2.3.2. Reprogrammed Triacylglycerol/Lipid Droplet Metabolism in Cancer Cells

During carcinogenesis, the demand for FA increases to support rapid proliferation. FA is supplied not only by increased de novo synthesis but also by increased uptake from extracellular sources and recycling of intracellular lipids through autophagy, which requires contribution of lipid droplets. The lipid droplet also plays an important role in defending against ROS and developing resistance to stress from the harsh surrounding environment, such as hypoxia and low nutrition [101,104,105]. Lipid droplets are known to accumulate in various types of cancer [106], and tumors with high concentrations of lipid droplets are associated with a poor prognosis in breast and pancreatic cancer [64,107]. Thus, changes in lipid droplet metabolism are also an important hallmark of cancer.
Hypoxia-associated lipid droplet production has been observed in brain, breast, renal, and prostate cancers [105,108,109,110,111,112,113]. HCC and cervical adenocarcinoma cells exposed to hypoxia accumulate lipid droplets by directly stimulating the expression of Lipin 1 in a HIF-1α-dependent manner [110]. Cancer cells exposed to hypoxia are known to upregulate FA uptake via FABP3/7 and accumulate lipid droplets, enabling ER and redox homeostasis during oxygen deprivation, supplying FA for mitochondrial energy production and promoting cell proliferation after reoxygenation [105].
Recent studies have shown that hypoxia can affect the expression of several lipid droplet-related proteins involved in lipid droplet degradation [114,115]. Hypoxia-inducible lipid droplet-associated protein (HILPDA)/hypoxia-inducible gene 2 (HIG2), localized on the lipid droplet surface, is an inhibitor of ATGLs, which are upregulated by HIF-1 during hypoxia [114,115,116]. HIG2 deficiency promoted lipid droplet degradation and β-oxidation, resulting in elevated ROS production and impaired xenograft tumor growth. Conversely, ATGL knockout (KO) reversed the effect of HIG2 KO, and ATGL inhibition by HIG2 inhibited lipid droplet degradation and isolated FA from mitochondrial oxidation and ROS production, allowing for cancer survival under hypoxic conditions [114]. Thus, lipid droplet degradation by ATGL may damage cancer cells under hypoxic conditions and increasing ATGL activity may be a novel therapeutic strategy. Indeed, ATGL overexpression represses proliferation of melanoma, colon carcinoma, HCC, and lung cancer cell lines [117,118], and also enhances the response of anti-cancer agents against HCC cell lines [118].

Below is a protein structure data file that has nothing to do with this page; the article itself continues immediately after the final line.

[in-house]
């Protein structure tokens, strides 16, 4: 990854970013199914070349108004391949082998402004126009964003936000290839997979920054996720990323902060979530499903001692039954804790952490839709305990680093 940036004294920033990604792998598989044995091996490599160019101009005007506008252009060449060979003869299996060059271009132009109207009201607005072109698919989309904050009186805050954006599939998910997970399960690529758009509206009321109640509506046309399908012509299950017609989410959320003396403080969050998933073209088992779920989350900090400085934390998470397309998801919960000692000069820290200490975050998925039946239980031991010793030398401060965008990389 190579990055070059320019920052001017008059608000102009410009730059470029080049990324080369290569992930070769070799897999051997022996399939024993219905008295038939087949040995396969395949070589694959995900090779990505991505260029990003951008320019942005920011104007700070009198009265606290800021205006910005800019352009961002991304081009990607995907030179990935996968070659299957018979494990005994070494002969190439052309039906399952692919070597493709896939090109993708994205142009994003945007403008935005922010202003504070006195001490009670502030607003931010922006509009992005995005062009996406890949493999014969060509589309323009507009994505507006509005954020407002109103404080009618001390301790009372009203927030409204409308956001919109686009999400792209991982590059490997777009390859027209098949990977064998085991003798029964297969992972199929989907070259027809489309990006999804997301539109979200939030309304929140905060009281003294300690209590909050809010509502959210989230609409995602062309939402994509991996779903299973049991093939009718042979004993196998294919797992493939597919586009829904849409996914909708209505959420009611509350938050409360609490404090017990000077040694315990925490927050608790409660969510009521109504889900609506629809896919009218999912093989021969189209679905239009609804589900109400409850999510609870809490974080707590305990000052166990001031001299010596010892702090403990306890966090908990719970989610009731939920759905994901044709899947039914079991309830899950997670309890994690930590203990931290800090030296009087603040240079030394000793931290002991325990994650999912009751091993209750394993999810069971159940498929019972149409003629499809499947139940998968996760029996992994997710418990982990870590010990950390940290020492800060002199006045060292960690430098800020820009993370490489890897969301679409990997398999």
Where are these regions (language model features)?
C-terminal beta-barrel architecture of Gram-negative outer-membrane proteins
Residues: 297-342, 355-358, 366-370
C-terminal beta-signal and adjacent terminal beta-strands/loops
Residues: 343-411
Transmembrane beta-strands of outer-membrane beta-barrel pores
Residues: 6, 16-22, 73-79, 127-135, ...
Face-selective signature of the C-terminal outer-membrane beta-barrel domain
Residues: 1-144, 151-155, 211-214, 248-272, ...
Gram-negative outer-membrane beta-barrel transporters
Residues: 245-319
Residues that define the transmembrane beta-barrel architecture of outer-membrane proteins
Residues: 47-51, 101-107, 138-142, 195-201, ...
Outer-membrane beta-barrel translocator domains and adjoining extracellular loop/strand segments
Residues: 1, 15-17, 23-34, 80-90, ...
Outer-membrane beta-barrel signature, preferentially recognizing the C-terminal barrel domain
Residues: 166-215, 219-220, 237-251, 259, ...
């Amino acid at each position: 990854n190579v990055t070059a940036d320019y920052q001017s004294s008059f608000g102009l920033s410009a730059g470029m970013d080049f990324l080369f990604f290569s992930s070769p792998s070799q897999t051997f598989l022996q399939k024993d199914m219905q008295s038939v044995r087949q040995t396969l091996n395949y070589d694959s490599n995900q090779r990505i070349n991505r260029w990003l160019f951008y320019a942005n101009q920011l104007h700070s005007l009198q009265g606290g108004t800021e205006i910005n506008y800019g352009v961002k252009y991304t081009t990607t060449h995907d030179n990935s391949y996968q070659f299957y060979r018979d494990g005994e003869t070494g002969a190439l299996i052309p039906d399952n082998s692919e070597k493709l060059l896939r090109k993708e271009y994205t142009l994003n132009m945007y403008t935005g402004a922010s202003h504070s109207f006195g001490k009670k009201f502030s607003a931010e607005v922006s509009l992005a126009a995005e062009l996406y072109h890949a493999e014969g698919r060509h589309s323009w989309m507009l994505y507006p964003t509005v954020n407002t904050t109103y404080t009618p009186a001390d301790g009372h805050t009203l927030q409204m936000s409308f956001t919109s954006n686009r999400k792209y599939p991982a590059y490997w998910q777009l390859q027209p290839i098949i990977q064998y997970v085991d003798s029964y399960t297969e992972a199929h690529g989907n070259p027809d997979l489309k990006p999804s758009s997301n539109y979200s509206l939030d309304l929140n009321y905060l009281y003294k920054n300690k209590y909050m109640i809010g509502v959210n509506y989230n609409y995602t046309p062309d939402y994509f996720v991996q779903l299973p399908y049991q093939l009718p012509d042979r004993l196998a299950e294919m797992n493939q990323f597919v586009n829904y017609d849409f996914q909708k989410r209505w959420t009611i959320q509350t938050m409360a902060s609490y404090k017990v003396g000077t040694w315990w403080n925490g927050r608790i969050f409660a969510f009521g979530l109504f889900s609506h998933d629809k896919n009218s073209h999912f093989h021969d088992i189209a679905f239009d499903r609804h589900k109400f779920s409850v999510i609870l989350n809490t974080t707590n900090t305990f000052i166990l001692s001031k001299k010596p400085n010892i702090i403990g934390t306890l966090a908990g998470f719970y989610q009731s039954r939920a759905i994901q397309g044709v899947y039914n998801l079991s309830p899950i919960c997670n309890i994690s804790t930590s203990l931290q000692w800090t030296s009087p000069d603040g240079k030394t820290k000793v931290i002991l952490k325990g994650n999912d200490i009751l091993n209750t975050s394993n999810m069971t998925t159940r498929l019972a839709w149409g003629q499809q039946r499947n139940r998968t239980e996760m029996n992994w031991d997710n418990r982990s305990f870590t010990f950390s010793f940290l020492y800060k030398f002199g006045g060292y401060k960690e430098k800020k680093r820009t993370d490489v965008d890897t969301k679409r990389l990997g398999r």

The role of lipophagy in cancer remains unclear. Although several reports have shown a tumor-promoting effect of lipophagy [119,120], most of them state that lipophagy inhibits tumorigenesis [121,122,123,124]. Microtubule-associated protein 1S (MAP1S)-mediated lipophagy promotes the elimination of lipid droplets, and high expression of MAP1S is associated with the suppression of tumor growth and metastasis and an improved prognosis in clear-cell renal cell carcinoma [121]. Another study showed that overexpression of ATG14 promotes lipid droplet degradation in HeLa cells and induces free FA accumulation, leading to ER stress and ROS-mediated apoptosis, while inhibition of lipophagy by 3-methyladenine (3-MA) and inhibition of lysosomal acid lipase (LAL) reverses these effects [122]. Recent studies have suggested that LAL plays a role as a tumor suppressor, and that impaired LAL function in mice is associated with spontaneous tumorigenesis. Re-expression of LAL in the liver and lungs improves inflammation and prevents metastasis to the same areas [123,124].

2.4. Phospholipid

2.4.1. Basics of Phospholipid Metabolism

Phospholipids (PLs) are components of the cell membrane and have diverse chemical structures and functions. PLs regulate various cellular functions such as homeostasis, cell adhesion and migration, signal transduction, vesicle transport, apoptosis, and post-translational modifications. Glycerophospholipids (GPLs) are classified into subclasses known as phosphatidylcholine (PC), phosphatidylethanolamine (PE), phosphatidylserine (PS), phosphatidylglycerol (PG), phosphatidylinositol (PI), and phosphatidic acid (PA), depending on the type of polar head group. The fatty acyl moieties of the membrane phospholipids show considerable diversity in chain length and saturation. These two parameters determine the biophysical properties of the cell membrane, such as fluidity, curvature, and subdomain structure. These factors affect membrane-related cellular processes, such as signal transduction, and molecular transport [125].